Metal or metalloids included by M of formula I are transition metal such as Sb, Fe, Sn, Bi, Al, Ga, In, Ti, Zr, Sc, V, Cr, Mn, Cs, rare earth elements such as the lanthanides, for example, Cd, Pr, Nd, etc., actinides, such as Th, Ta, U, Np, etc., and metalloids such as B, P, As, etc. Complex anions -(d-e) included by MQd -(d-e) are, for example, BF4 -, PF6 -, AsF6 -, SbF6 -, FeCl4 -, SnCl6 -, SbCl6 -, BiCl5 -, etc. Halonium salts included by formula 1 are, for example, ##STR4##
Group Va onium salts included by formula 2 are, for example, ##STR5##
Group VIa onium salts included by formula (1) are, for example, ##STR6##
The onium salts of formulas 1-3 can be made by different methods. In formula I, the photoinitiator can be made by effecting contact under aqueous conditions between an arylhalonium bisulfate and the corresponding hexafluoro acid or salt, such as Y1 MF6, where Y1 can be hydrogen, an alkali metal ion, alkaline earth metal ion or transition metal ion.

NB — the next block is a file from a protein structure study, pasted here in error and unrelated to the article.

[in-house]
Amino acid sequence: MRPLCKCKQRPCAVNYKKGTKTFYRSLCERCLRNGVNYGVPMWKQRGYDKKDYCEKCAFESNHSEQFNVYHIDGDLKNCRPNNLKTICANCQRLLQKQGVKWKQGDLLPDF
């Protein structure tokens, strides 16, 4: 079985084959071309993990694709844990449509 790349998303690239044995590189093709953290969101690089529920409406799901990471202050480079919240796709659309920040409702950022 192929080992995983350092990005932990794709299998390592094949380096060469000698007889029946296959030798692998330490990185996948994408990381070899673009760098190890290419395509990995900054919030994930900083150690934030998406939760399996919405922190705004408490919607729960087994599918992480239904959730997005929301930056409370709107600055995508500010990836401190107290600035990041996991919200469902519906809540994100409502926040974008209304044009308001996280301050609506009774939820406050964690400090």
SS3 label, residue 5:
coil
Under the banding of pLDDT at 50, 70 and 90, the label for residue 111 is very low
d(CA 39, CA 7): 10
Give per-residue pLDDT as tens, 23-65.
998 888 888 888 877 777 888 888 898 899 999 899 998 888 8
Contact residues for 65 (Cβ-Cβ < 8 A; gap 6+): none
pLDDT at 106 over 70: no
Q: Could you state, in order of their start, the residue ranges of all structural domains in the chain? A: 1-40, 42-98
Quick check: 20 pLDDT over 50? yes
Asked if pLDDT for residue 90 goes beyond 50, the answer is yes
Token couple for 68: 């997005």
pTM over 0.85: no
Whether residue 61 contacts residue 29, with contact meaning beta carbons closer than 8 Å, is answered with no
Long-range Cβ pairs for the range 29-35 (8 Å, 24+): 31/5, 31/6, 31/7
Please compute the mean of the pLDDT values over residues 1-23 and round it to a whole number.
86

In addition to the above-described metathesis for making the correspondng halonium salts, the halonium salts of the present invention, also can be prepared by using silver compounds such as silver oxide, or silver tetrafluoroborate, which were reacted with the appropriate diarylhalonium salt, as shown by M. C. Caserio et al., J. Am. Chem. Soc. 81, 336 (1959) or M. C. Beringer et al., J. Am. Chem. Soc. 81, 342 (1959). Methods for making Group VIa compounds, such as sulfonium, selenium and tellurium compounds can be made by procedures shown in J. W. Knapczyk and W. E. McEwen, J. Am. Chem. Soc., 91 145, (1969); A. L. Maycock and G. A. Berchtold, J. Org. Chem., 5 35 No. 8,2532 (1970); H. M. Pitt, U.S. Patent 2,807,648, E. Goethals and P. De Radzetzky, Bul. Soc. Chim. Belg., 73 546 (1964); H. M. Leichester and F. W. Bergstrom, J. Am. Chem. Soc., 51 3587 (1929), etc.